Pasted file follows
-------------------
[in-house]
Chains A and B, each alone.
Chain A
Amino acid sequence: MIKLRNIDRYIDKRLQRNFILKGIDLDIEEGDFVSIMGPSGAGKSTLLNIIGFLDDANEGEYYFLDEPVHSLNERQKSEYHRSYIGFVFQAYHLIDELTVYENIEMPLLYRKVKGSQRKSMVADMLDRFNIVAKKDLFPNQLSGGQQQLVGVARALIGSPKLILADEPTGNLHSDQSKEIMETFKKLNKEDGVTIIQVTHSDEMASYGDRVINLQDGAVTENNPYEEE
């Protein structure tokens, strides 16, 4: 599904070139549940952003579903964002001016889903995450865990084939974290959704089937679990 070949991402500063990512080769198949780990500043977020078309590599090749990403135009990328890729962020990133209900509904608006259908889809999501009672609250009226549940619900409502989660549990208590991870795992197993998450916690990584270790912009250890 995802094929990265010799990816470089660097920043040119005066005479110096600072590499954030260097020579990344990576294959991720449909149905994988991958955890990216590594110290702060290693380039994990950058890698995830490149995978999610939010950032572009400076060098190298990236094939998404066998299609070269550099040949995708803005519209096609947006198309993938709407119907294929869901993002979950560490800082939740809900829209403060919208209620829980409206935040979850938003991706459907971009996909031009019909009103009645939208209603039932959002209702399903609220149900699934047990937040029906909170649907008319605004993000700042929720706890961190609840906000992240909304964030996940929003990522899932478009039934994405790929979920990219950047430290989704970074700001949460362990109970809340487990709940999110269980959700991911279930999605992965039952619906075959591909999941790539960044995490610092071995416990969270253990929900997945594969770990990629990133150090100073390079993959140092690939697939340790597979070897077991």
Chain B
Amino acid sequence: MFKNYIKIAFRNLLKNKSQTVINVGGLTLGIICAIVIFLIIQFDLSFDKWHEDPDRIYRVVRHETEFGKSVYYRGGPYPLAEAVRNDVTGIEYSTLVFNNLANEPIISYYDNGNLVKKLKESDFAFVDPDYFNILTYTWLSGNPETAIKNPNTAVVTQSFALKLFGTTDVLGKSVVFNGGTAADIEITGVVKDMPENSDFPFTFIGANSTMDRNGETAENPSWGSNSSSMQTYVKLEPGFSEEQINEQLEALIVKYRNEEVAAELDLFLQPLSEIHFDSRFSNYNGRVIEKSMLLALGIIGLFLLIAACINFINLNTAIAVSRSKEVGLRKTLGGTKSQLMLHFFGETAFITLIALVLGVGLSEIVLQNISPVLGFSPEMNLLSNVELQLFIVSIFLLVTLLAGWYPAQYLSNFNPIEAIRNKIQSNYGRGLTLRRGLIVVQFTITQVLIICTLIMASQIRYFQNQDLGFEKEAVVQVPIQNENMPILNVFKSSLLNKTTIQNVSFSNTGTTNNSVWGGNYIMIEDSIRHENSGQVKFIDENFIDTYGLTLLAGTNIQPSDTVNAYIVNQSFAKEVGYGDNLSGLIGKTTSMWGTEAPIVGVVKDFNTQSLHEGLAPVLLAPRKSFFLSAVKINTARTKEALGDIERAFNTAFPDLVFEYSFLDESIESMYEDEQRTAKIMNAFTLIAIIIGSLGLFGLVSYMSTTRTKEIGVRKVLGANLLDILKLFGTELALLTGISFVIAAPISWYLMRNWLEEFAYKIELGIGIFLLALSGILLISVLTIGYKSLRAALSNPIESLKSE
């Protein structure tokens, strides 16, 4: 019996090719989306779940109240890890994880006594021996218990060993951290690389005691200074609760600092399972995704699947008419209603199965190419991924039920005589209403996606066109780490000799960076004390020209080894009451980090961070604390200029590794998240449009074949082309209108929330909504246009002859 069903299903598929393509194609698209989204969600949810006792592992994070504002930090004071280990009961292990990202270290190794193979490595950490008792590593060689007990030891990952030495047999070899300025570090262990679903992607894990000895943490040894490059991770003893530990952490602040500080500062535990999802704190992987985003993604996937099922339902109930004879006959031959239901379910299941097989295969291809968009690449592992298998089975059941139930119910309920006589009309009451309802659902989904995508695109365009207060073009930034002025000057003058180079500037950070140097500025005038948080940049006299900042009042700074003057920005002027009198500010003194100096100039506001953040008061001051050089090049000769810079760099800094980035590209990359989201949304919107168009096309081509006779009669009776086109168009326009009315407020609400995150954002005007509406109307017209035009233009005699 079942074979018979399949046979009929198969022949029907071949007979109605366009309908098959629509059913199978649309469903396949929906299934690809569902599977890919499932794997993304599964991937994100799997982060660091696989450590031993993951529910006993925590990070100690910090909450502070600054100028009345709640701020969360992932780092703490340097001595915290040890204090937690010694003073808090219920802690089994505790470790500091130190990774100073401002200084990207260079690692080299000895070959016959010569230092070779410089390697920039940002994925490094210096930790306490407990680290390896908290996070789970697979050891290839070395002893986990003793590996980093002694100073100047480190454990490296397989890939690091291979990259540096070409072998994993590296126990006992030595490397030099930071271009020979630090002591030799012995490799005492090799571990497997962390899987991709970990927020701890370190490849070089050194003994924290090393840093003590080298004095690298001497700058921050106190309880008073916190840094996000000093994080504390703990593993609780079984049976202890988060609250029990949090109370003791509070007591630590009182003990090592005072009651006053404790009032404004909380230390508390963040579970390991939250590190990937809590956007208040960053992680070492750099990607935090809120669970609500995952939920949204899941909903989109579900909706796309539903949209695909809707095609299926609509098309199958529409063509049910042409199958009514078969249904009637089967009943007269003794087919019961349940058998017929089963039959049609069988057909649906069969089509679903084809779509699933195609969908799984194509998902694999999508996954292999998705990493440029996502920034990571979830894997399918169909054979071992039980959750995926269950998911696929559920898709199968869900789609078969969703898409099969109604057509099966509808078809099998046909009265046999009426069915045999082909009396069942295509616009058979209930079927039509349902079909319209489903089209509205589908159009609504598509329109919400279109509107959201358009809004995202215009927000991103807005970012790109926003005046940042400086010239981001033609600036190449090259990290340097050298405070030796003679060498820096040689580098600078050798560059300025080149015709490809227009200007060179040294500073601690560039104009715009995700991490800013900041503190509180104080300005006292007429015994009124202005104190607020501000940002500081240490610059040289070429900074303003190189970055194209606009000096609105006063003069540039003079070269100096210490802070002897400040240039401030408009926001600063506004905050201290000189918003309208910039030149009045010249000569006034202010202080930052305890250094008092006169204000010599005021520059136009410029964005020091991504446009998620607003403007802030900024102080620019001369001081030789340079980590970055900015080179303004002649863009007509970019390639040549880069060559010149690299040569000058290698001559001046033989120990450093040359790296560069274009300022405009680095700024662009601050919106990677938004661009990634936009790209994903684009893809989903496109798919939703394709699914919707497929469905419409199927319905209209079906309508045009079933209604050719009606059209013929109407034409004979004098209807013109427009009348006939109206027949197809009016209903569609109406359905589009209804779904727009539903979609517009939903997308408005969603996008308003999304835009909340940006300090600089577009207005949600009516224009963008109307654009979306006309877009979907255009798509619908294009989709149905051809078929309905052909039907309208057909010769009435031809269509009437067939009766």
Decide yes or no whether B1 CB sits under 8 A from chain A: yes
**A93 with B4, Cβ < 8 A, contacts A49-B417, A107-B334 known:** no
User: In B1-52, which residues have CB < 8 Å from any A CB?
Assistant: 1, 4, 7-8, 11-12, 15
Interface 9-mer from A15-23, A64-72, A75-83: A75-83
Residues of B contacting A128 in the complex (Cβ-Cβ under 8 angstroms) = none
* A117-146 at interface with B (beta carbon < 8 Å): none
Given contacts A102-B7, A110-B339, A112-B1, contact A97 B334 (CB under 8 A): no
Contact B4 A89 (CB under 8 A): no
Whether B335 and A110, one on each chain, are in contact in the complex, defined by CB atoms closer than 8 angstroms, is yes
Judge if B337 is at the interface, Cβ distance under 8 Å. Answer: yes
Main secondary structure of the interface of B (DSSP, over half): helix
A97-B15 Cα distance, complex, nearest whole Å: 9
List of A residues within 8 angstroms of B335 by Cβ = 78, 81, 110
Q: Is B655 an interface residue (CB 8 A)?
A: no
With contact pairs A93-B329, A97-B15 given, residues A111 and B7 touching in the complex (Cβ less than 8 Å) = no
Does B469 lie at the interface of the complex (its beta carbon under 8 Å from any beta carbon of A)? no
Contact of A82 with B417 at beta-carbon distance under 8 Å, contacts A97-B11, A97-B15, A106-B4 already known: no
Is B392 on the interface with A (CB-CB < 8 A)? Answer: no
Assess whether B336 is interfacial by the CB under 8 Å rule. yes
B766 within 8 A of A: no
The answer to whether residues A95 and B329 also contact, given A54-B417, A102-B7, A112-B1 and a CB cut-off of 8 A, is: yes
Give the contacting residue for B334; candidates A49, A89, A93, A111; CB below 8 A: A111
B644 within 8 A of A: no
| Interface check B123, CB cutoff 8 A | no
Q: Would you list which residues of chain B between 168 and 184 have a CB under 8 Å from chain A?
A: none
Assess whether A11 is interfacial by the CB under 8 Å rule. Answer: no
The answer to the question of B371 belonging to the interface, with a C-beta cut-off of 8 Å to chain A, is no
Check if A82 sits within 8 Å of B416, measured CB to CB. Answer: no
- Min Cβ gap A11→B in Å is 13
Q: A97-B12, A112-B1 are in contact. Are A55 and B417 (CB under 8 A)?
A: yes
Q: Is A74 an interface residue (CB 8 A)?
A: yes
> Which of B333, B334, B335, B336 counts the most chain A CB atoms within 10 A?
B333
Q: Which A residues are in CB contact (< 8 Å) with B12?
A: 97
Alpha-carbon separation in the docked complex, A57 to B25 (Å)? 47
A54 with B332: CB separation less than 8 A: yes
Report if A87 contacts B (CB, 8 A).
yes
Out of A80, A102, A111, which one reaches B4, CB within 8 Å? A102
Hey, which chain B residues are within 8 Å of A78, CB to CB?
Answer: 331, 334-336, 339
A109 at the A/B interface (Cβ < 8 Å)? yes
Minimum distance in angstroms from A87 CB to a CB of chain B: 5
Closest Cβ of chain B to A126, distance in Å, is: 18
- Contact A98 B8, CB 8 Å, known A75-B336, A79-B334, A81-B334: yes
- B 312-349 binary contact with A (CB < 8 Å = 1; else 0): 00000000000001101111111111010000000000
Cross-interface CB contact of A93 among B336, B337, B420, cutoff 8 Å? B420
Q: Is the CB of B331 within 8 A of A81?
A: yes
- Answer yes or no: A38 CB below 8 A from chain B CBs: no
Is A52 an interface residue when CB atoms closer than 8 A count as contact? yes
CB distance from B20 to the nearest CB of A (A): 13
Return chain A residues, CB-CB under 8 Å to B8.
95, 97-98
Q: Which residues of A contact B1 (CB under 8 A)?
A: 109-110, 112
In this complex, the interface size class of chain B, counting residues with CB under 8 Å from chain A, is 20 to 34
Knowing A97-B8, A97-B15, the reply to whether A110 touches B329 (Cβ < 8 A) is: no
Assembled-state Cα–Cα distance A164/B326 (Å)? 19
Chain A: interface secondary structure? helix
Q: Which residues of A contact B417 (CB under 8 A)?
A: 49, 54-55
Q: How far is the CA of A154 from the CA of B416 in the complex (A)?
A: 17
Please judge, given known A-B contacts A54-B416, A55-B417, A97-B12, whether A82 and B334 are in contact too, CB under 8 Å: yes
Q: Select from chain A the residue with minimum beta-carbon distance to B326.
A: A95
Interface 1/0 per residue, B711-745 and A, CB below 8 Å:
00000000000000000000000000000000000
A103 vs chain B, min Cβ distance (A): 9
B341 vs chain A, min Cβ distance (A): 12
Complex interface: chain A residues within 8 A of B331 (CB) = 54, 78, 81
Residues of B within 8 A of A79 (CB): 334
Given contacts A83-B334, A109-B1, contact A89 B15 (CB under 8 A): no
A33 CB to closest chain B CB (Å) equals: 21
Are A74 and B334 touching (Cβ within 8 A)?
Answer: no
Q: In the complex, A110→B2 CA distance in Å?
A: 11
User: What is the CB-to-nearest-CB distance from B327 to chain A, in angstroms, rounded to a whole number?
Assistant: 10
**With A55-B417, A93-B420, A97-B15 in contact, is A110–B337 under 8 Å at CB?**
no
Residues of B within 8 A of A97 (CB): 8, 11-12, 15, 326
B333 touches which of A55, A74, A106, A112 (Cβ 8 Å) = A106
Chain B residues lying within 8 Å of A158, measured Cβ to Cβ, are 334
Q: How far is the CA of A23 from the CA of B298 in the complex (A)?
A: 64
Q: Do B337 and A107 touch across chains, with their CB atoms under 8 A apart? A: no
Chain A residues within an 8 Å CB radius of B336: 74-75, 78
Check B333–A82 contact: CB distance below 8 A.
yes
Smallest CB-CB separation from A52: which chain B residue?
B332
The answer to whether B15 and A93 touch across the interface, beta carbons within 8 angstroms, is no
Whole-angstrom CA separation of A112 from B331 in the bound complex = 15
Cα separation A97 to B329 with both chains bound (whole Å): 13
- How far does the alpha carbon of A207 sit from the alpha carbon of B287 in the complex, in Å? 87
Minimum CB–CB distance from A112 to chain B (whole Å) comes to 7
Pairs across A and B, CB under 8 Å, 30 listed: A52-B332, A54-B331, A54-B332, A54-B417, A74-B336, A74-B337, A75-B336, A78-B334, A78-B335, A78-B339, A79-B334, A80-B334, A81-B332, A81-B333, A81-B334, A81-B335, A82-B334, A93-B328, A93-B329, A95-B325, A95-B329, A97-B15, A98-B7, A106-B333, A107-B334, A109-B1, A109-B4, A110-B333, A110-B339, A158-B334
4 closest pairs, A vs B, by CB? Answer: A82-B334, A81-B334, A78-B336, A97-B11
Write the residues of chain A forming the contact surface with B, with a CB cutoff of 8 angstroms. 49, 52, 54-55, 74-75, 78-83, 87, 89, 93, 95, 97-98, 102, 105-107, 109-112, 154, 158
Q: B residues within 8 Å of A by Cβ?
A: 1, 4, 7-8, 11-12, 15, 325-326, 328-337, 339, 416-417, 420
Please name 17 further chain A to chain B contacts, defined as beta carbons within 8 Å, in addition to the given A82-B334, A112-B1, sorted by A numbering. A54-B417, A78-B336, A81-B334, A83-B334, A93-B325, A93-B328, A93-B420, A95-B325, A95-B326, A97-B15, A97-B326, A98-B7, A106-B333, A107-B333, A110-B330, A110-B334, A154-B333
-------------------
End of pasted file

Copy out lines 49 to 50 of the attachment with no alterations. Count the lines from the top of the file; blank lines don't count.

Alpha-carbon separation in the docked complex, A57 to B25 (Å)? 47
A54 with B332: CB separation less than 8 A: yes